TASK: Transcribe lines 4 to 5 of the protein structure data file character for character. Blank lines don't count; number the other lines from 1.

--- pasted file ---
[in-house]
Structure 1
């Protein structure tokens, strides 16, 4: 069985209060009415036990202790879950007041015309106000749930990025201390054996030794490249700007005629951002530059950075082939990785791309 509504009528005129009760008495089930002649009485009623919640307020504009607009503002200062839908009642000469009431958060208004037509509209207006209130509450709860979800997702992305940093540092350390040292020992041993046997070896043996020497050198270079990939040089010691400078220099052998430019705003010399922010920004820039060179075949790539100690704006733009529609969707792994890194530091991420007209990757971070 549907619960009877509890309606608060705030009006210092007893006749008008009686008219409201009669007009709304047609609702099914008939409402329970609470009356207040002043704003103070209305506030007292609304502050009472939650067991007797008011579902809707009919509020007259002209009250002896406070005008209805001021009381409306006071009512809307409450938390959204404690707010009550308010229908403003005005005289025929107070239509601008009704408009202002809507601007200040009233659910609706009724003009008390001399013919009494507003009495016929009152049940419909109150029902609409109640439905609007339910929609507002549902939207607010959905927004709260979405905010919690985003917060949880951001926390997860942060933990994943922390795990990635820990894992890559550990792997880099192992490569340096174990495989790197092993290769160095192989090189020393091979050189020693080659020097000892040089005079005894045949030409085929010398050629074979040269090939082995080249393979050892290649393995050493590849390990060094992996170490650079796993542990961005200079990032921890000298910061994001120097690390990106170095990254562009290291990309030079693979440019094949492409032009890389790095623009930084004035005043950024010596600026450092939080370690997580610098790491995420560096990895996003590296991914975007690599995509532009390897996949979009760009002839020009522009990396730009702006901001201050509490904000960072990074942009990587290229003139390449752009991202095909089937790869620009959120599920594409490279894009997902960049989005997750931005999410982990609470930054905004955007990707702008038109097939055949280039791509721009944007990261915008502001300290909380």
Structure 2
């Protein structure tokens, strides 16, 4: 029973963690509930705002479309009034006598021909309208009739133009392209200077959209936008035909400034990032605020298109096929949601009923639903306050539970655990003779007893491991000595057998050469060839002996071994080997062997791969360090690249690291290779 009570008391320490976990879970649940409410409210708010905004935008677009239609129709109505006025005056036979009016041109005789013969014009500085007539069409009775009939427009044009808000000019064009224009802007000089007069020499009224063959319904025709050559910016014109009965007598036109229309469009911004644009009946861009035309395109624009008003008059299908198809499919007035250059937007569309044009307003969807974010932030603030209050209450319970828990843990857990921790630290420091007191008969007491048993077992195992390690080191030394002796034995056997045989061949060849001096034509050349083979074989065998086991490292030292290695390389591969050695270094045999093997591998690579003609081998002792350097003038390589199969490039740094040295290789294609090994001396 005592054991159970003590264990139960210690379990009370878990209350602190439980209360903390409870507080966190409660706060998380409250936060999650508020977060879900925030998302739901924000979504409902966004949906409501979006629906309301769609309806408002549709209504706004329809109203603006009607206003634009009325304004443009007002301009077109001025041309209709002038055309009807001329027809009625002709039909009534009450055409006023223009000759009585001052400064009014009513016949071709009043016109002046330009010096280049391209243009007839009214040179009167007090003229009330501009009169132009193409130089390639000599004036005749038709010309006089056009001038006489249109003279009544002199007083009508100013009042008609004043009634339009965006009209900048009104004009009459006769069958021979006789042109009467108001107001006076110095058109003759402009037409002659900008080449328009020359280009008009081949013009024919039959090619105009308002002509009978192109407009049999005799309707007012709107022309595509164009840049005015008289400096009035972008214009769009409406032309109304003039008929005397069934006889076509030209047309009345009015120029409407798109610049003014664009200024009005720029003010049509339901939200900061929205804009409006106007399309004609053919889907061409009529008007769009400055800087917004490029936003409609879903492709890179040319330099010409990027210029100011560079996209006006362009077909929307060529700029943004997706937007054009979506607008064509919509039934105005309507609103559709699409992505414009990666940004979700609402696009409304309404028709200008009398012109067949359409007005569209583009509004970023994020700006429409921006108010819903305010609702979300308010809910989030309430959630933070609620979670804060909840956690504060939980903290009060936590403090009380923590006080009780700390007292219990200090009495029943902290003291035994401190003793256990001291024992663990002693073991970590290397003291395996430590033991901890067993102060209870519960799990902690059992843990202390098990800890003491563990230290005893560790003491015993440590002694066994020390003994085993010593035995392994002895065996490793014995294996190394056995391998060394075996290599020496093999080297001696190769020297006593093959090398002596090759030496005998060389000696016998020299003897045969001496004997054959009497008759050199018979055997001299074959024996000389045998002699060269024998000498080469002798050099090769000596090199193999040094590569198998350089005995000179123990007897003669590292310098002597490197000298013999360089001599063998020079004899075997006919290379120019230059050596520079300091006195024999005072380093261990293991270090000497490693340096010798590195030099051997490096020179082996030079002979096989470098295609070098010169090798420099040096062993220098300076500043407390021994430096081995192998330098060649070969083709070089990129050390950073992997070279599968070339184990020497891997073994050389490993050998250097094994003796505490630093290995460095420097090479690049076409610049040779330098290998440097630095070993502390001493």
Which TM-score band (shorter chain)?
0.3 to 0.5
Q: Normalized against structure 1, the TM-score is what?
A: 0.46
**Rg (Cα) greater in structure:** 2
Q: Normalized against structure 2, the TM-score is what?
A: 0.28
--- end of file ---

Structure 2
């Protein structure tokens, strides 16, 4: 029973963690509930705002479309009034006598021909309208009739133009392209200077959209936008035909400034990032605020298109096929949601009923639903306050539970655990003779007893491991000595057998050469060839002996071994080997062997791969360090690249690291290779 009570008391320490976990879970649940409410409210708010905004935008677009239609129709109505006025005056036979009016041109005789013969014009500085007539069409009775009939427009044009808000000019064009224009802007000089007069020499009224063959319904025709050559910016014109009965007598036109229309469009911004644009009946861009035309395109624009008003008059299908198809499919007035250059937007569309044009307003969807974010932030603030209050209450319970828990843990857990921790630290420091007191008969007491048993077992195992390690080191030394002796034995056997045989061949060849001096034509050349083979074989065998086991490292030292290695390389591969050695270094045999093997591998690579003609081998002792350097003038390589199969490039740094040295290789294609090994001396 005592054991159970003590264990139960210690379990009370878990209350602190439980209360903390409870507080966190409660706060998380409250936060999650508020977060879900925030998302739901924000979504409902966004949906409501979006629906309301769609309806408002549709209504706004329809109203603006009607206003634009009325304004443009007002301009077109001025041309209709002038055309009807001329027809009625002709039909009534009450055409006023223009000759009585001052400064009014009513016949071709009043016109002046330009010096280049391209243009007839009214040179009167007090003229009330501009009169132009193409130089390639000599004036005749038709010309006089056009001038006489249109003279009544002199007083009508100013009042008609004043009634339009965006009209900048009104004009009459006769069958021979006789042109009467108001107001006076110095058109003759402009037409002659900008080449328009020359280009008009081949013009024919039959090619105009308002002509009978192109407009049999005799309707007012709107022309595509164009840049005015008289400096009035972008214009769009409406032309109304003039008929005397069934006889076509030209047309009345009015120029409407798109610049003014664009200024009005720029003010049509339901939200900061929205804009409006106007399309004609053919889907061409009529008007769009400055800087917004490029936003409609879903492709890179040319330099010409990027210029100011560079996209006006362009077909929307060529700029943004997706937007054009979506607008064509919509039934105005309507609103559709699409992505414009990666940004979700609402696009409304309404028709200008009398012109067949359409007005569209583009509004970023994020700006429409921006108010819903305010609702979300308010809910989030309430959630933070609620979670804060909840956690504060939980903290009060936590403090009380923590006080009780700390007292219990200090009495029943902290003291035994401190003793256990001291024992663990002693073991970590290397003291395996430590033991901890067993102060209870519960799990902690059992843990202390098990800890003491563990230290005893560790003491015993440590002694066994020390003994085993010593035995392994002895065996490793014995294996190394056995391998060394075996290599020496093999080297001696190769020297006593093959090398002596090759030496005998060389000696016998020299003897045969001496004997054959009497008759050199018979055997001299074959024996000389045998002699060269024998000498080469002798050099090769000596090199193999040094590569198998350089005995000179123990007897003669590292310098002597490197000298013999360089001599063998020079004899075997006919290379120019230059050596520079300091006195024999005072380093261990293991270090000497490693340096010798590195030099051997490096020179082996030079002979096989470098295609070098010169090798420099040096062993220098300076500043407390021994430096081995192998330098060649070969083709070089990129050390950073992997070279599968070339184990020497891997073994050389490993050998250097094994003796505490630093290995460095420097090479690049076409610049040779330098290998440097630095070993502390001493």